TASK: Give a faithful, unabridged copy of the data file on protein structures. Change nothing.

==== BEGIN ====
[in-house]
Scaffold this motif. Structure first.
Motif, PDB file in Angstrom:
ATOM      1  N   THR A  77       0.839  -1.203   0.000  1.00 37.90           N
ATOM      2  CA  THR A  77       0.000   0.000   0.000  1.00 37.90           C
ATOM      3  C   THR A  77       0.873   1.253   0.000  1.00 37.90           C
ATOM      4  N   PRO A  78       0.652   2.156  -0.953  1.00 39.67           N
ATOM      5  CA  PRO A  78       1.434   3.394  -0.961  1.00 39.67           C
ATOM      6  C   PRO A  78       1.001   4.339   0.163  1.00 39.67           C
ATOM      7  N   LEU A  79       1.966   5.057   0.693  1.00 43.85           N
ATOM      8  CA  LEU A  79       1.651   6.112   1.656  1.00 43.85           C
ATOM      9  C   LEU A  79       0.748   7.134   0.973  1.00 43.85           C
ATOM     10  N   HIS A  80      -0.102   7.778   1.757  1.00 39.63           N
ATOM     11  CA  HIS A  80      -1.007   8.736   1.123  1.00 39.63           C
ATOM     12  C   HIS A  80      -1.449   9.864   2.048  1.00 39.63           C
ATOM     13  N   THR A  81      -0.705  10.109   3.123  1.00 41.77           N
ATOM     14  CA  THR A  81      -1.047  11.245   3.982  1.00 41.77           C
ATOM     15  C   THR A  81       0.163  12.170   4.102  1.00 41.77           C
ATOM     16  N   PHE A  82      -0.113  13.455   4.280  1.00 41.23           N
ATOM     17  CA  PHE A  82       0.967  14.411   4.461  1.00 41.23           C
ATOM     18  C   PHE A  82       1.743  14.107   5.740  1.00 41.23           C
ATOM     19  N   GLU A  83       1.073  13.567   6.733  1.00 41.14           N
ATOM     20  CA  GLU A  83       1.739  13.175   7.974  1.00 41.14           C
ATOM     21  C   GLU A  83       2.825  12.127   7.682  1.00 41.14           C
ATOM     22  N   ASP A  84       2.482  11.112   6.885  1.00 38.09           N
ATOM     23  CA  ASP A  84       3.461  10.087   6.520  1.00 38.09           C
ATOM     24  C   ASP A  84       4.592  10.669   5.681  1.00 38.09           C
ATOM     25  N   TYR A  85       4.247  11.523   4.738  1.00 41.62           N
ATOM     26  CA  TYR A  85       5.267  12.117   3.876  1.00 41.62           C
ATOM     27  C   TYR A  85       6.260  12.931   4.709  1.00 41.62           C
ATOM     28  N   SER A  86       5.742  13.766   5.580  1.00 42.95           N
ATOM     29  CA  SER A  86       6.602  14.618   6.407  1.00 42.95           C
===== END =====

[in-house]
Scaffold this motif. Structure first.
Motif, PDB file in Angstrom:
ATOM      1  N   THR A  77       0.839  -1.203   0.000  1.00 37.90           N
ATOM      2  CA  THR A  77       0.000   0.000   0.000  1.00 37.90           C
ATOM      3  C   THR A  77       0.873   1.253   0.000  1.00 37.90           C
ATOM      4  N   PRO A  78       0.652   2.156  -0.953  1.00 39.67           N
ATOM      5  CA  PRO A  78       1.434   3.394  -0.961  1.00 39.67           C
ATOM      6  C   PRO A  78       1.001   4.339   0.163  1.00 39.67           C
ATOM      7  N   LEU A  79       1.966   5.057   0.693  1.00 43.85           N
ATOM      8  CA  LEU A  79       1.651   6.112   1.656  1.00 43.85           C
ATOM      9  C   LEU A  79       0.748   7.134   0.973  1.00 43.85           C
ATOM     10  N   HIS A  80      -0.102   7.778   1.757  1.00 39.63           N
ATOM     11  CA  HIS A  80      -1.007   8.736   1.123  1.00 39.63           C
ATOM     12  C   HIS A  80      -1.449   9.864   2.048  1.00 39.63           C
ATOM     13  N   THR A  81      -0.705  10.109   3.123  1.00 41.77           N
ATOM     14  CA  THR A  81      -1.047  11.245   3.982  1.00 41.77           C
ATOM     15  C   THR A  81       0.163  12.170   4.102  1.00 41.77           C
ATOM     16  N   PHE A  82      -0.113  13.455   4.280  1.00 41.23           N
ATOM     17  CA  PHE A  82       0.967  14.411   4.461  1.00 41.23           C
ATOM     18  C   PHE A  82       1.743  14.107   5.740  1.00 41.23           C
ATOM     19  N   GLU A  83       1.073  13.567   6.733  1.00 41.14           N
ATOM     20  CA  GLU A  83       1.739  13.175   7.974  1.00 41.14           C
ATOM     21  C   GLU A  83       2.825  12.127   7.682  1.00 41.14           C
ATOM     22  N   ASP A  84       2.482  11.112   6.885  1.00 38.09           N
ATOM     23  CA  ASP A  84       3.461  10.087   6.520  1.00 38.09           C
ATOM     24  C   ASP A  84       4.592  10.669   5.681  1.00 38.09           C
ATOM     25  N   TYR A  85       4.247  11.523   4.738  1.00 41.62           N
ATOM     26  CA  TYR A  85       5.267  12.117   3.876  1.00 41.62           C
ATOM     27  C   TYR A  85       6.260  12.931   4.709  1.00 41.62           C
ATOM     28  N   SER A  86       5.742  13.766   5.580  1.00 42.95           N
ATOM     29  CA  SER A  86       6.602  14.618   6.407  1.00 42.95           C